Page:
Adora Svitak, a prolific short story writer and blogger since age seven (now 12) presented a TEDTalk titled: What adults can learn from kids. In this talk, she identified that one issue between teachers and students is the lack of trust – “if you don’t trust someone you place restrictions on them” and by placing restrictions upon them are we as educators truly allow them to demonstrate creativity? Students need to demonstrate creativity – “Creativity is as important in education as literacy” (Sir Ken Robinson: schools kill creativity)

Think about this:
Classroom teachers restrict students because they don’t trust students to learn. Administrators and leaders restrict classroom teachers because they don’t trust the delivery of the ‘content’. Politicians use external data and testing because they don’t trust schools. Who is willing to break this cycle and start trusting?

Adora continues to discuss the problem that extends from lack of trust, and that is setting low expectations. If you set low expectations, the students will sink to them.

This is the same message that I can use in my context. Ensuring school leaders ‘trust’ teachers to be creative and innovative within the classroom will lead to culture of higher expectations and innovation. I am fortunate to have an administration that allows me to run programs and deliver PD that aims to invoke change, innovate teachers and get them to re-think about teaching and learning.

Special reference to the following readings that inspired most of my reflection: Transformative Learning: It’s more than a transformation of learning and Transformative Learning Theory

TEDx Brisbane 2010

On Saturday the 6th March 2010 at the Queensland State Library TEDx Brisbane was launched.

TED [Technology | Entertainment | Design] is an annual conference where some of the world’s best and brightest minds come together to share their ideas with each other and the world. TEDx is a program of local, self-organised events that bring people together to share a TED-like experience.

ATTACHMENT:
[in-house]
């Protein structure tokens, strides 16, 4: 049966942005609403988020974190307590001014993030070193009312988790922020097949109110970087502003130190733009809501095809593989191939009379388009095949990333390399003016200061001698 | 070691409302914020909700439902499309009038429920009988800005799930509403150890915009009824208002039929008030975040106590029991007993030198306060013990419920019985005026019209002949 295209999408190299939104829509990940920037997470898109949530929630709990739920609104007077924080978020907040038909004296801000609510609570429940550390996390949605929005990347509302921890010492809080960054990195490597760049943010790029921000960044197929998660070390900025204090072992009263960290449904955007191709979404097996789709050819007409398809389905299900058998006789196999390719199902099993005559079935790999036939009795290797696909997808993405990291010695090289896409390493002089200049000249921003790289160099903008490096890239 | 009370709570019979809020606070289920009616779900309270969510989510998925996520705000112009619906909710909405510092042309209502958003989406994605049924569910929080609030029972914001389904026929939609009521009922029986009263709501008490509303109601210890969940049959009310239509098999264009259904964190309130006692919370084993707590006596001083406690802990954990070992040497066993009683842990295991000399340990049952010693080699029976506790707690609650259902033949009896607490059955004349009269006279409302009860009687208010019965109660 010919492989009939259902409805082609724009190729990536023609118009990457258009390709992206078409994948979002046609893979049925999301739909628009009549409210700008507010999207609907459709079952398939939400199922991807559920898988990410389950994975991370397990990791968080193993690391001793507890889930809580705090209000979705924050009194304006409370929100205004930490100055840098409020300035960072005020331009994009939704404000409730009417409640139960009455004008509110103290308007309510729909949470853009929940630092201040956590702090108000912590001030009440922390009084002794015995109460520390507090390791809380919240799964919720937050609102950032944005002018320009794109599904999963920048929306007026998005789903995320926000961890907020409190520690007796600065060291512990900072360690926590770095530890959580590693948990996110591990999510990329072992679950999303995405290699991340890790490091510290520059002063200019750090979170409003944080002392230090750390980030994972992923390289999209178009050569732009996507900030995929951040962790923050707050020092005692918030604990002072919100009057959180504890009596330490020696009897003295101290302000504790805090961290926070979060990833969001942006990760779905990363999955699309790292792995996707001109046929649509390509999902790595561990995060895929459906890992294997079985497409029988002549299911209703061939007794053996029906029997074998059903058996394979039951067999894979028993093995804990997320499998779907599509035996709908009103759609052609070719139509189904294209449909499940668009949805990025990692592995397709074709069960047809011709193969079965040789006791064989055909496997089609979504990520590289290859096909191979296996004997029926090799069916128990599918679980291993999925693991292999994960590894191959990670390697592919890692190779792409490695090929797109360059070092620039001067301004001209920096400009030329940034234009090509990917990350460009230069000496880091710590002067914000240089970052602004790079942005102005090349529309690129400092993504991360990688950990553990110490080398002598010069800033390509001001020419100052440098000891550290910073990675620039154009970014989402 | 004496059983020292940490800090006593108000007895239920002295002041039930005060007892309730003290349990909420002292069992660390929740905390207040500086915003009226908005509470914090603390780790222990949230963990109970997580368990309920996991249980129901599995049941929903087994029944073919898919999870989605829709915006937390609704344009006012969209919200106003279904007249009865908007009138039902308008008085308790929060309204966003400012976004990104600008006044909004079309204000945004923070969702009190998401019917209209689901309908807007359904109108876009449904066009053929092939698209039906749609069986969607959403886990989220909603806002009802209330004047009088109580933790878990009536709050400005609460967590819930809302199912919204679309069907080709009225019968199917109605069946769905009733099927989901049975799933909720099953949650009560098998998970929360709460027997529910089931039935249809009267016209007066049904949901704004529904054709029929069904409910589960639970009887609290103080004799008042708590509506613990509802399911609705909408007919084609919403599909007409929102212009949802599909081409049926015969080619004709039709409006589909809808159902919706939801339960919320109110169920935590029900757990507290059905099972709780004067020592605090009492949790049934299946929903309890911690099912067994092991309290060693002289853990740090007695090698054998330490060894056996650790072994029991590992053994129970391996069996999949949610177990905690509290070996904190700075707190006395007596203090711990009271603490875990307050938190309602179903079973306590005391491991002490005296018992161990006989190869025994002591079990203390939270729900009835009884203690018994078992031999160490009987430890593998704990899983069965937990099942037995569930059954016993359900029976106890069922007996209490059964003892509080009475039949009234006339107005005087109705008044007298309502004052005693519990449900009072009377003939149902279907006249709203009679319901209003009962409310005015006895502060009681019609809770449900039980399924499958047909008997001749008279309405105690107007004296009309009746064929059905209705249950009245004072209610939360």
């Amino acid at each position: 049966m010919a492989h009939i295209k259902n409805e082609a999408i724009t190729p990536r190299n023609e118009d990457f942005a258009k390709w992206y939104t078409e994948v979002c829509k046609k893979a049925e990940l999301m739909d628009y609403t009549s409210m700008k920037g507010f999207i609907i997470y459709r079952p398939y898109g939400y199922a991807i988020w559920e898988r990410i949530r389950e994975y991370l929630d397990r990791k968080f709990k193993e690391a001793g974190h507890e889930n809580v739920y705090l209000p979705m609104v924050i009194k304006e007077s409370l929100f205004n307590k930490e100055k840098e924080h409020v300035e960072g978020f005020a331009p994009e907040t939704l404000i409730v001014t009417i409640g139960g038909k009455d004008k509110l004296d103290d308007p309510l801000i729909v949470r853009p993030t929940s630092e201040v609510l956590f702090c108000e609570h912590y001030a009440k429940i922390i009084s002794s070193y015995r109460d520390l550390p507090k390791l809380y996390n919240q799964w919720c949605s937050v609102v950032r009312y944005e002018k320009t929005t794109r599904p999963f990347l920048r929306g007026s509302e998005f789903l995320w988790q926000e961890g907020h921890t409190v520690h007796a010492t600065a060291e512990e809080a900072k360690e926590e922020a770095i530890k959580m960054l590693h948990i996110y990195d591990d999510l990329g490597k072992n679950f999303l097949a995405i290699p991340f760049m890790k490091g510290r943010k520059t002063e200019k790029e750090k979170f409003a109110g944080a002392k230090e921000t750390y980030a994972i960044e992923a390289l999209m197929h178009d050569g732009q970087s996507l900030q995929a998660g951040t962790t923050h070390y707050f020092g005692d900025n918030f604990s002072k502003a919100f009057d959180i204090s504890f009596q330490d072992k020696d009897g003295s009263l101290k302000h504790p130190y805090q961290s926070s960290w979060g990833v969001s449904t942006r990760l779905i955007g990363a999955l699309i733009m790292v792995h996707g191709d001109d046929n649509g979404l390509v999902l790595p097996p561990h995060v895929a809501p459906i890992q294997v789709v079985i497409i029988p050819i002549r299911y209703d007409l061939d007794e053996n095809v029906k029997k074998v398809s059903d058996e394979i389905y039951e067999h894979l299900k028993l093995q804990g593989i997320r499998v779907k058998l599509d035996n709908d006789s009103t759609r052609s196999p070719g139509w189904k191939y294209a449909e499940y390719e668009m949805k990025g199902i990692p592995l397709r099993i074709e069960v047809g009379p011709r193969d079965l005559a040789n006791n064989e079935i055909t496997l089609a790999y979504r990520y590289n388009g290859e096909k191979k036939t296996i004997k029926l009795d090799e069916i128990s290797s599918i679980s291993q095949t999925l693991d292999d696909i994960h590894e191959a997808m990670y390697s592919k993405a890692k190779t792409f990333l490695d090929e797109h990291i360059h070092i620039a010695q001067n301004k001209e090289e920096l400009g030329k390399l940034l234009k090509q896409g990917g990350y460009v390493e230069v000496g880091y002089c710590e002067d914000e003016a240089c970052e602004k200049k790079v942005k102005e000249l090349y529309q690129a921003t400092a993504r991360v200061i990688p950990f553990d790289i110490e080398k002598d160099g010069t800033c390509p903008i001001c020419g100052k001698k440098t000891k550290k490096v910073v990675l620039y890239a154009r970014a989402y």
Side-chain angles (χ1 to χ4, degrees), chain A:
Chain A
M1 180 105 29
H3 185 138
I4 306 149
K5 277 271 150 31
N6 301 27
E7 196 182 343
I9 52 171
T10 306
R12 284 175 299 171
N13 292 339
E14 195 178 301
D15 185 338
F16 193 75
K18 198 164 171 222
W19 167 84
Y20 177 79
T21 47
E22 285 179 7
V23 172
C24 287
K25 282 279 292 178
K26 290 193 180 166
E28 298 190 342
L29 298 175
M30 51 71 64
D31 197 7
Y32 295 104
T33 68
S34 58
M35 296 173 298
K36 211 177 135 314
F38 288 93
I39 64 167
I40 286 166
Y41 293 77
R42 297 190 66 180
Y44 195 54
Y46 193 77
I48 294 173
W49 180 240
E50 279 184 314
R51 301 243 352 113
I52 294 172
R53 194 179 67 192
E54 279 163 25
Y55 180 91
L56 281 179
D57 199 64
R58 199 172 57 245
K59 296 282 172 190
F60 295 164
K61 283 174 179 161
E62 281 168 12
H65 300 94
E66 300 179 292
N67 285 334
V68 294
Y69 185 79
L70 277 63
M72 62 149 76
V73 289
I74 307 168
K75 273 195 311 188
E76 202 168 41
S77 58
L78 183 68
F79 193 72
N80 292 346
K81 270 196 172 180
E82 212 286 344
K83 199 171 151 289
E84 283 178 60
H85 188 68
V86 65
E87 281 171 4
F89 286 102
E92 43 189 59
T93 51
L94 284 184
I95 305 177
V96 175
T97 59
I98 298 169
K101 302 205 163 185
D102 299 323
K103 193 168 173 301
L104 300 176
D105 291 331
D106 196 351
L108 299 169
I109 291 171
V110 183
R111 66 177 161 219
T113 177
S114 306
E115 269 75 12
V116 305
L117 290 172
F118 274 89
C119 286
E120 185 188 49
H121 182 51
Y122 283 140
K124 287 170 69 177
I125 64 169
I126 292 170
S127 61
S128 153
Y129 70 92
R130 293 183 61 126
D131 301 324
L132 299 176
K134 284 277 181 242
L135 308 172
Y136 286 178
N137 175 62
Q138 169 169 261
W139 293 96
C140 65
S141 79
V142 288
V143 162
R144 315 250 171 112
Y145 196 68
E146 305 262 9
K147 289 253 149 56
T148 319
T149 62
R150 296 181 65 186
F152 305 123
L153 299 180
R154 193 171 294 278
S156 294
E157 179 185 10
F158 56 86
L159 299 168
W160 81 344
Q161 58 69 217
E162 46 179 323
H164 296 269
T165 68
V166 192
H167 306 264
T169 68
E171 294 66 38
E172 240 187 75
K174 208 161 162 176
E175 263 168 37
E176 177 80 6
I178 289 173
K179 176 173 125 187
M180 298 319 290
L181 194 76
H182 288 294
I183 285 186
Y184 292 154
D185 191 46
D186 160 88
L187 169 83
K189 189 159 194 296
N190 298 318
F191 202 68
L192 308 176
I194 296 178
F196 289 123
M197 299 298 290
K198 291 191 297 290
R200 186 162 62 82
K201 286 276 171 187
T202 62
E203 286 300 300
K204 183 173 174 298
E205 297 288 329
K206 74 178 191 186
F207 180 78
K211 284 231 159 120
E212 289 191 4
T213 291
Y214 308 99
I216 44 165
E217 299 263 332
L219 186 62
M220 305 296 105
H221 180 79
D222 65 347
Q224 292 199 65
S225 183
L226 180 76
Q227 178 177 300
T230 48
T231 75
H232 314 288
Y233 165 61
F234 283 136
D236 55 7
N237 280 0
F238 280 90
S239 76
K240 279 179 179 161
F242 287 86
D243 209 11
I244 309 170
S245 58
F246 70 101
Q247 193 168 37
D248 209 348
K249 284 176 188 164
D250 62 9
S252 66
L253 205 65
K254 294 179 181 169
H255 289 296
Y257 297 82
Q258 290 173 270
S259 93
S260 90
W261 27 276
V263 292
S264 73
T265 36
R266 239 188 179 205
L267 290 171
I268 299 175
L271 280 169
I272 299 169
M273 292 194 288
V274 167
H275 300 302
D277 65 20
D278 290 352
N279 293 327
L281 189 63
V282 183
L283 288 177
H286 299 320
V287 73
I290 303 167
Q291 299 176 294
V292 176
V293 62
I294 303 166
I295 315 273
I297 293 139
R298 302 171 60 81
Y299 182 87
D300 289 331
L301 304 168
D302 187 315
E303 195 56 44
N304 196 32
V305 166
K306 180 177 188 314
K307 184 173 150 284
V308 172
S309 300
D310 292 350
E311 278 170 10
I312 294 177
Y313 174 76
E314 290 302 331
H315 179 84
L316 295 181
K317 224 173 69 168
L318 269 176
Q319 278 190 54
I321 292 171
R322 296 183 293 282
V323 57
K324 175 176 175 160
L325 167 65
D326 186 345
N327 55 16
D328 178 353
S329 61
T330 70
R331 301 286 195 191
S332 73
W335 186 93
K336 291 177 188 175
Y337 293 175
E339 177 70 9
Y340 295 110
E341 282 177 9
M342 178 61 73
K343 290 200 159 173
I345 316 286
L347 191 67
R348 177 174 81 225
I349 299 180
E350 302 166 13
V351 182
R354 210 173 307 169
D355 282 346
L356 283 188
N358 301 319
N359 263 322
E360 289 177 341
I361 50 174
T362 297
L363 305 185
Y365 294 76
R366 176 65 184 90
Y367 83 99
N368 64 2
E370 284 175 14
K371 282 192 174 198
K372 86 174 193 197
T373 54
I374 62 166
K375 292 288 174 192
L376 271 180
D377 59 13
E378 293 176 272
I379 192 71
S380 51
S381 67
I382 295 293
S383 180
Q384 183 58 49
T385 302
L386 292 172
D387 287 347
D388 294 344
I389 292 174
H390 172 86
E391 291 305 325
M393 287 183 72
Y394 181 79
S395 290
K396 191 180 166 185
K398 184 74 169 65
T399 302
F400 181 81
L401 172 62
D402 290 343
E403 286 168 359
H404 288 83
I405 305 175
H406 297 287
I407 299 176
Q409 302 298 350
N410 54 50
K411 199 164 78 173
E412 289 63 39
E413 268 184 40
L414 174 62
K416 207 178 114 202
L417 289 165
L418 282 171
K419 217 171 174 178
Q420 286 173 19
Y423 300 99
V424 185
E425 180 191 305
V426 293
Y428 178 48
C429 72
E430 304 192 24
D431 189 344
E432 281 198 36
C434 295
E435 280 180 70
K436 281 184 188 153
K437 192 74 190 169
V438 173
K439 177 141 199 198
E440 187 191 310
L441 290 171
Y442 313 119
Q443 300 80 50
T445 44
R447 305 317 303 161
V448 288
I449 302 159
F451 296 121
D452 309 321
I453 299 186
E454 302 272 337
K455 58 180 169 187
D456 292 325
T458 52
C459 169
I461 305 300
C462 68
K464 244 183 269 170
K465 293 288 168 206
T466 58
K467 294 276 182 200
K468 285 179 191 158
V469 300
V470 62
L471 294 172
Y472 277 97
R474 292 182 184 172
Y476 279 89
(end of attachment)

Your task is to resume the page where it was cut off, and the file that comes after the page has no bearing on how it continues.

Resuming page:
I was very fortunate to be one of the many delegates attending this one day event. Even though this independent conference didn’t have a speaker list with the same calibur of TED which has included Bill Clinton, Bill Gates, Dr Jane Goodall and Sir Richard Branson, the Brisbane event still had some great speakers.

Kevin Finn, an internationally recognised graphic designer, was the first presenter and he really set the tone for the day. He currently runs an independent design practice, Finn Creative, and is founder, editor and designer of Open Manifesto. Kevin was very inspirational and left me with an understanding of the importance of “letting go” and the opportunities that may arise from doing so.

Sheldon Lieberman, the creator of bigfish.tv, made us all laugh – LOTS. If you haven’t seen his Global Warming clip [below], you should!

However, out of all the speakers on the day with all their impressive presentation (one even used Prezi), and all their amazing stories only one really hit home for me. Chris Sarra approached the stage with a handful of A4 pieces of paper. He had no flashy presentation running behind him. He was definitely not the best public speaker of the day, and he never moved from behind the podium. But, he gave me exactly what I was looking for… inspiration.

Chris Sarra is an educator like myself. His passion has been the pursuit of more positive and productive educational outcomes for Indigenous children, and is currently the Executive Director of the Stronger Smarter Institute.

In the late 1990′s Chris took on the challenges of Indigenous education as the Principal of Cherbourg State School in South East Queensland. Through strong leadership and clear vision he facilitated many changes at the school which saw increasing enthusiasm for student learning through dramatically improved school attendance and increased community involvement in education. Chris believes that the power teachers have to inspire their students should never be underestimated. The Stronger Smarter message is now growing across Australia with many school leaders taking on the challenges of high expectations in Indigenous education. The message of responsible educational leadership, cultural and community involvement and student engagement is now also being heard in other countries around the world.

Now I am not going to try and relay what Chris said because I would not do it the justice it deserves. After the session I approached Chris and introduced myself. I told him I was an educator as well and that he had inspired me. I told him that I was going to ensure I continually improve my practices and look forward to the day that I too can stand in front of a large audience and talk passionately about my chosen career and the achievements that I have made and continue to make.

I hope our paths cross again soon.

soapbox moment

The most important things in education are literacy, numeracy and creativity – and not necessarily in that order.